Inadequate Data

to perform any analysis.

Data Request Process Grade 2.8 / 5 (C)
Factors Supporting Grade
Request Responsiveness
Financial Accessibility
No Residency Required
Appeal Responsiveness

*These factors track the process--i.e. the effort and obstacles--for obtaining data from individual states under the Freedom of Information Act (FOIA) request and appeals process. These factors do not measure the quality of the data; only the process of attempting to obtain the data.

Data Status

  • 223

    days to respond to our FOIA request.

Ohio took 223 days to respond to our FOIA request and provided us with a spreadsheet detailing individual-level data for all incarcerated persons in Ohio prisons on July 1, 2023. Ohio’s statutes, however, are not specific for felony murder. Although we attempted to use publicly available web portals to identify individuals incarcerated under felony murder, as in most other states, Ohio does not have a statute specifically codifying felony murder, which would make it easier to identify and isolate felony murder conviction data. Instead, as in most other states, felony murder is defined within its other murder statutes and the publicly available conviction and sentence information did not distinguish felony murder from other murder convictions.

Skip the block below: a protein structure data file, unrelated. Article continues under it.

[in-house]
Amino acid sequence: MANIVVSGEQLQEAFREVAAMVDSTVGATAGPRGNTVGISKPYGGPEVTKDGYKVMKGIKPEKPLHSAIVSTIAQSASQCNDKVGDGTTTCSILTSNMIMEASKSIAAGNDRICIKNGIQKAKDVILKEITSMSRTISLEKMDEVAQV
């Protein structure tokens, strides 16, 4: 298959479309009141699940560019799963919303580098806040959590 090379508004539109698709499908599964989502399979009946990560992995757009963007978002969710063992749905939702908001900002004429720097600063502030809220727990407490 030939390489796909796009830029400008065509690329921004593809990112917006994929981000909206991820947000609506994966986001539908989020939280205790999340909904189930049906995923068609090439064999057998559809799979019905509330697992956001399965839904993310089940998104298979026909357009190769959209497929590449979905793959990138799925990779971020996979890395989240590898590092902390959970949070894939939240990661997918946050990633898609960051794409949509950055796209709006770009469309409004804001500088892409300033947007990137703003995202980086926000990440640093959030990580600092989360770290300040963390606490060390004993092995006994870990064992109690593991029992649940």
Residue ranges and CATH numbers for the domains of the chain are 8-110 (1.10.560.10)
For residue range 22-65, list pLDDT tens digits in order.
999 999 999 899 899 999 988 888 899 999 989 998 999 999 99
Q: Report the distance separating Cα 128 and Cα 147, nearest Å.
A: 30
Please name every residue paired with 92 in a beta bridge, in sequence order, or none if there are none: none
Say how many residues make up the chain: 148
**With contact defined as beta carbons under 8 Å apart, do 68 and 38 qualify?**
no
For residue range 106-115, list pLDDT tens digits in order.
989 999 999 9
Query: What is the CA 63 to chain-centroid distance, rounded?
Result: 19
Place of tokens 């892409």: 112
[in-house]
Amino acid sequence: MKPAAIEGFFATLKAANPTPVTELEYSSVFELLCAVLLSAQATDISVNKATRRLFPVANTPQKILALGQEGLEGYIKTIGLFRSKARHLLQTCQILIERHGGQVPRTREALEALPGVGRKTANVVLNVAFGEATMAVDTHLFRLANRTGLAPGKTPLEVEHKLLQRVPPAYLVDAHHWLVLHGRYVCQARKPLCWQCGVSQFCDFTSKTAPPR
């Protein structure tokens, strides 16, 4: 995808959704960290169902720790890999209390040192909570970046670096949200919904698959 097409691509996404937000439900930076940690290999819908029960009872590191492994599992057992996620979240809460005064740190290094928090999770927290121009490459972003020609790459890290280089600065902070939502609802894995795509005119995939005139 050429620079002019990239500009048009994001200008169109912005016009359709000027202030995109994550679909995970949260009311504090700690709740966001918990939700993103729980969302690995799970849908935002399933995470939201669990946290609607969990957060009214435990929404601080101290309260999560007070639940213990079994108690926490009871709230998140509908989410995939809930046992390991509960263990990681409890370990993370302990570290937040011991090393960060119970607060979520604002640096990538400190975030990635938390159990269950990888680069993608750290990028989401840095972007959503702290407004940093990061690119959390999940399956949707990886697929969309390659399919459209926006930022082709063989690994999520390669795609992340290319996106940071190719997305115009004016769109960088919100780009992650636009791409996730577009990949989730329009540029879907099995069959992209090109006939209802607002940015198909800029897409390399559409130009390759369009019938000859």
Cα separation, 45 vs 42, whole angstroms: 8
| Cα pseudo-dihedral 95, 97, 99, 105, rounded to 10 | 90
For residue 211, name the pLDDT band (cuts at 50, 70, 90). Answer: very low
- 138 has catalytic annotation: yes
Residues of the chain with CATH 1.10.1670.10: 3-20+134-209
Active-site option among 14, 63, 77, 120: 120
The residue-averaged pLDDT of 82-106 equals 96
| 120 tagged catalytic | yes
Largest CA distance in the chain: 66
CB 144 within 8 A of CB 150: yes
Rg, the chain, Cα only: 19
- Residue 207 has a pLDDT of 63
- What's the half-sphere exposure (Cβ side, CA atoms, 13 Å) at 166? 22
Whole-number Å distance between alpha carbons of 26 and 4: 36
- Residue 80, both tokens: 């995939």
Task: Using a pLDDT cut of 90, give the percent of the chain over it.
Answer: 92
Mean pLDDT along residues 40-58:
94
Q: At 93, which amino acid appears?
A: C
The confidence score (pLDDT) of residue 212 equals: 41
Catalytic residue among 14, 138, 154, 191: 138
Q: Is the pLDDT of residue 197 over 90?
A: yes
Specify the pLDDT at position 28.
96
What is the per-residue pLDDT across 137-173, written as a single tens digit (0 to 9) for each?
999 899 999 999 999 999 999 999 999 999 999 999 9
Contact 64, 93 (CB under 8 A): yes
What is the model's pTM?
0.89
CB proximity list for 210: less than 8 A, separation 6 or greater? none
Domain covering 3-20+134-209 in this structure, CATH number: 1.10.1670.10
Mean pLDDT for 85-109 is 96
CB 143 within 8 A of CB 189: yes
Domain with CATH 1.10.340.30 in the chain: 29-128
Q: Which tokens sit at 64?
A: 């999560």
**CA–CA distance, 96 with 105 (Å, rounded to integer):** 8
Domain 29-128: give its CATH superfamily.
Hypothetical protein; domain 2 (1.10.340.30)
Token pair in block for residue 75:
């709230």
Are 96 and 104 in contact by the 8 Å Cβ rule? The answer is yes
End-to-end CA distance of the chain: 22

We asked the DOC for further clarification and they responded with, “I am sorry, the data does not exist in our system in the manner you have requested. Therefore, we will not be able to assist you in this matter.”

In Ohio, felony murder is defined in the first degree murder (Ohio Rev. Code Ann. § 2903.02), capital murder (Ohio Rev. Code Ann 2903.01) and manslaughter statutes (Ohio Rev. Code Ann. § 2903.04).

Prosecutors can charge and convict any person of murder without having to prove that they intended to cause another person’s death. Prosecutors must only prove that a person committed another specified felony and that a death occurred. Prosecutors can prove murder even when the death was caused by a third non-party (i.e. neither the person nor any accomplice).

A conviction for felony murder carries a maximum sentence of 15 years to life.

Access the Data

Learn more about how you can contribute to transparency when it comes to felony murder.